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Chicken Moat

post #1 of 13
Thread Starter 

Saw this on my Facebook page this morning.

 

 

http://www.motherearthnews.com/Sustainable-Farming/1988-05-01/Garden-Pest-Control.aspx

 

 

What a great idea....

 

Irene

post #2 of 13

Very interesting article. Thanks for sharing thumbsup.gif

 Say NO to Crested Ducks!                     Common Chicken Practices          Learn more about Avian Influenza

 

 

"Don’t be into trends. Don’t make fashion own you, but you decide what you are, what you want to express by the way you dress and the way you live."

— Gianni Versace

 

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 Say NO to Crested Ducks!                     Common Chicken Practices          Learn more about Avian Influenza

 

 

"Don’t be into trends. Don’t make fashion own you, but you decide what you are, what you want to express by the way you dress and the way you live."

— Gianni Versace

 

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post #3 of 13

Neat article.  I would be interested if anyone has done this and had pictures of their setup.

 

Cheers!

 

Jim

post #4 of 13

There's someone around that has done this on BYC because I've asked about a mote.I'm probably gonna do it around my garden soon. Only, concern I'm having is its so dang hot here how effective will it really be. My garden gets full sun so the chickens will use a few hours in the am & then it will be to hot.

I'm out of eggs. But I know where some brown ones are. I now raise big Ol' Honkin' Bob Whites & Layed back Coturnix. Pray For Rain In Texas!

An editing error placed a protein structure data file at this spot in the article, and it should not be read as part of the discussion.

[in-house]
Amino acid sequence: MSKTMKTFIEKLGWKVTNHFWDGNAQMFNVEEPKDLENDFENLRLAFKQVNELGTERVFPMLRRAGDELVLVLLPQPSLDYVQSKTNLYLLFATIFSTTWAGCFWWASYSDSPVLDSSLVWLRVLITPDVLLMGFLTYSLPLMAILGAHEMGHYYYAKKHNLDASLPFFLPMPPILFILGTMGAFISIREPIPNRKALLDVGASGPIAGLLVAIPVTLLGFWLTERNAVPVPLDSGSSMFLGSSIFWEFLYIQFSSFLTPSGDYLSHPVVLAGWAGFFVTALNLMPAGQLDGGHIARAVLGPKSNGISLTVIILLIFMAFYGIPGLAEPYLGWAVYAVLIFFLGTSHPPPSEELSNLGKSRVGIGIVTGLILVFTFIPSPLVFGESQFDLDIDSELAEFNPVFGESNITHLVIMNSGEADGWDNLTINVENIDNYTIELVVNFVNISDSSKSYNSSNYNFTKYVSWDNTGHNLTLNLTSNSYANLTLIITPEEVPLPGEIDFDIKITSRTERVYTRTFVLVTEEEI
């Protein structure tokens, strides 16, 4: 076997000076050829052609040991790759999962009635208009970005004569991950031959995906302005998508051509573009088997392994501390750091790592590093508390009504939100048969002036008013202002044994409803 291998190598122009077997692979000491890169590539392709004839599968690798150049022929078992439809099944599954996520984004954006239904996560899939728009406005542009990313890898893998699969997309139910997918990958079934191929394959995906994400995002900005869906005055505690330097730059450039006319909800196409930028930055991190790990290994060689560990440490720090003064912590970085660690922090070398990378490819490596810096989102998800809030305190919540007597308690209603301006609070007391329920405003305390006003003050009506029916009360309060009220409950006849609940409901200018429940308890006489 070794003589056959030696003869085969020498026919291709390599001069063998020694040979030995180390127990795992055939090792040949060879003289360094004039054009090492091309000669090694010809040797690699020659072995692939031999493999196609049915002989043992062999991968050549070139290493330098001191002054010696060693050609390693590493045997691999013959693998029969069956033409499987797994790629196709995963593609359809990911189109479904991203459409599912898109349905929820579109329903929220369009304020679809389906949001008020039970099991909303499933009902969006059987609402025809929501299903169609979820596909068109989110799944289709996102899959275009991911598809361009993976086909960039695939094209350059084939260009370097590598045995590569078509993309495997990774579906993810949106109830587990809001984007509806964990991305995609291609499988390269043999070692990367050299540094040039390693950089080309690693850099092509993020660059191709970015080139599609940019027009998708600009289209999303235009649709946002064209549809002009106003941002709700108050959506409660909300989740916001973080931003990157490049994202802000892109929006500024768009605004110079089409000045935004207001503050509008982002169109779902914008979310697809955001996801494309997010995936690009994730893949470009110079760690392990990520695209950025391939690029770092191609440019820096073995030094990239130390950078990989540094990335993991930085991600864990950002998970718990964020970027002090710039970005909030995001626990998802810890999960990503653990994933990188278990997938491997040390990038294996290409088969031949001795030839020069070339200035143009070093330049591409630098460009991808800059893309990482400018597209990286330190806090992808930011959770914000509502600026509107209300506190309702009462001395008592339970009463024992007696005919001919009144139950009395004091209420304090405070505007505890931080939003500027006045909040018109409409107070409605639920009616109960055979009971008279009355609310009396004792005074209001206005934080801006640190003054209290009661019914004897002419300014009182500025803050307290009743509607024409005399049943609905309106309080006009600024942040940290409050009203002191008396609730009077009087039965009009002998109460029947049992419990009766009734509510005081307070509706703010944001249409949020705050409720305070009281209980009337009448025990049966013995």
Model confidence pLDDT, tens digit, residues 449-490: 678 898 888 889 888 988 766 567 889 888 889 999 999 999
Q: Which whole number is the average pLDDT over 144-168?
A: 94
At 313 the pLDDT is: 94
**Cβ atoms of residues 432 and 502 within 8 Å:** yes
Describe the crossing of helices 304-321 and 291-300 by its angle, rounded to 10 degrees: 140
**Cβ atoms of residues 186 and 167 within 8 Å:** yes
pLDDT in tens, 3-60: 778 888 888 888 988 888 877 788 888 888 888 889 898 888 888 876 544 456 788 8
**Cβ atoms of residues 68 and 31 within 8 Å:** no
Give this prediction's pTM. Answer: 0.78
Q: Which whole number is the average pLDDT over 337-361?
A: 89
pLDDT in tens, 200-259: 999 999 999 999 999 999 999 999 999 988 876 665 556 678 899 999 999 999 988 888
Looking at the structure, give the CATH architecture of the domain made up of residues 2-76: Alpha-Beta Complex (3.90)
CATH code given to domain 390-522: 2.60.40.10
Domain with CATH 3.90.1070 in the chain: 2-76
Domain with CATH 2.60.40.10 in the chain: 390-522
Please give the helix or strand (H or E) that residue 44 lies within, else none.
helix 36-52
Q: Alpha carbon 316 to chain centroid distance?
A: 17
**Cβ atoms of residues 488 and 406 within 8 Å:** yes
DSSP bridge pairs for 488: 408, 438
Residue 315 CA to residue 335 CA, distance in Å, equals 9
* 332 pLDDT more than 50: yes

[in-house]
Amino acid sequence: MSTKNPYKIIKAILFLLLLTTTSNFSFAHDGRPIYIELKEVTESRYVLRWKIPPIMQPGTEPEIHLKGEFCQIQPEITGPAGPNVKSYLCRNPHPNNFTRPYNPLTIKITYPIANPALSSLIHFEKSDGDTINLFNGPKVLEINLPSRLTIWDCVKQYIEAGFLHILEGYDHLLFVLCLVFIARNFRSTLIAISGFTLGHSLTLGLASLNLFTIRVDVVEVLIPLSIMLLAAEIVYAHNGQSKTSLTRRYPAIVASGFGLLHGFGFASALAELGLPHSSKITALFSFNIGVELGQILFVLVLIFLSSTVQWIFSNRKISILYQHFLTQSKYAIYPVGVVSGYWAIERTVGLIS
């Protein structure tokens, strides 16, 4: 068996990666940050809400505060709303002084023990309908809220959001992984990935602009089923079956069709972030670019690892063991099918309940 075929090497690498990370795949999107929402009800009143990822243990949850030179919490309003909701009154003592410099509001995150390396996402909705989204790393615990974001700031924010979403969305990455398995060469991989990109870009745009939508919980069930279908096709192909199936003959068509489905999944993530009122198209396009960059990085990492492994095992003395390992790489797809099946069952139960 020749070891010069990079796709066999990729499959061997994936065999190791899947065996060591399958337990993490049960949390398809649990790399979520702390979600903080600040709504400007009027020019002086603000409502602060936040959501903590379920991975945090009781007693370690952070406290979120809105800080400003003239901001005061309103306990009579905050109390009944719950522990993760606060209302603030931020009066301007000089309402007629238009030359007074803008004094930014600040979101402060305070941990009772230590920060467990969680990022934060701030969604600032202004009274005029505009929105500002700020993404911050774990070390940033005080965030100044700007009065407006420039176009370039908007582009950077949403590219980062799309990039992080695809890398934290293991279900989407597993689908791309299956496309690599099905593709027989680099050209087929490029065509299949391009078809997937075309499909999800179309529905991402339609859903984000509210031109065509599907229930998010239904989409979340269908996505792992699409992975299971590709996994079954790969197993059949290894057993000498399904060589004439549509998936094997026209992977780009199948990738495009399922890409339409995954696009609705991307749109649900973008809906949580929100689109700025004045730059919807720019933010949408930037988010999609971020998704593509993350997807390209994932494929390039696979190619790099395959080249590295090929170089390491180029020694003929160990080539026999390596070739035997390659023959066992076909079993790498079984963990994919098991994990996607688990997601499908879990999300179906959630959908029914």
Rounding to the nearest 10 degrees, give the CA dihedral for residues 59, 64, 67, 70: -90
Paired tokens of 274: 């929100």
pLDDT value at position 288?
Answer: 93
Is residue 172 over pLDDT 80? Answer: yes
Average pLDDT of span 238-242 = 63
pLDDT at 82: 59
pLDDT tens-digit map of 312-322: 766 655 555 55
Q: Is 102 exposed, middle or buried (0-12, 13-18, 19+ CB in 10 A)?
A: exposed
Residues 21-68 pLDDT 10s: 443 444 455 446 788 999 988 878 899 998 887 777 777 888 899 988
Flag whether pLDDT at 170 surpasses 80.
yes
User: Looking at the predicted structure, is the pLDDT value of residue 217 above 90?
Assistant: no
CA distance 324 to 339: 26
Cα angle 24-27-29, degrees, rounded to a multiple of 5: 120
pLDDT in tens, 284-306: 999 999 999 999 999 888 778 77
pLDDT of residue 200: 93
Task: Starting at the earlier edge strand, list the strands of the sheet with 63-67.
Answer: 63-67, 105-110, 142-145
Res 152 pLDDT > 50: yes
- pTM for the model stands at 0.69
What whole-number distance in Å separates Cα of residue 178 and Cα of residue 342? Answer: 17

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I'm out of eggs. But I know where some brown ones are. I now raise big Ol' Honkin' Bob Whites & Layed back Coturnix. Pray For Rain In Texas!

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post #5 of 13

I am planning on building a "moat" around my existing garden which already has 8' high deer fencing. To solve the "hot" problem, I plan to clasp the wiring about halfway up the deer fence and simply bend the fencing and secure it to the ground, essentially making a tunnel for the chickens. This should protect them from predators AND I can plant things like peas and other climbing plants outside the tunnel to grow over the tunnel, providing them with some fresh stuff to nibble on and more importantly, shade.

Also, their coop is inside the deer fencing raised up on cinder blocks so they can huddle under the coop for shade as well. I am going to fence off the half of the garden that is inside the deer fencing and allow the chickens to fertilize and eat all the weeds on the un-planted side, so I can use it for next year. We will cut a little opening in the deer fence that will feed into the tunnel moat.

Any expert advice out there for this plan? I think it will be pretty great, but it is an experiment.

post #6 of 13

I think it's a great idea. A whole lot of work, but a great idea for all the reasons listed. Seems like it would be worth all the trouble. I wish I had an area big enough for it.

3 young Silkies, 1 Brittany bird dog, 1 Chihuahua mix, a ferrel kitty and me!

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3 young Silkies, 1 Brittany bird dog, 1 Chihuahua mix, a ferrel kitty and me!

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post #7 of 13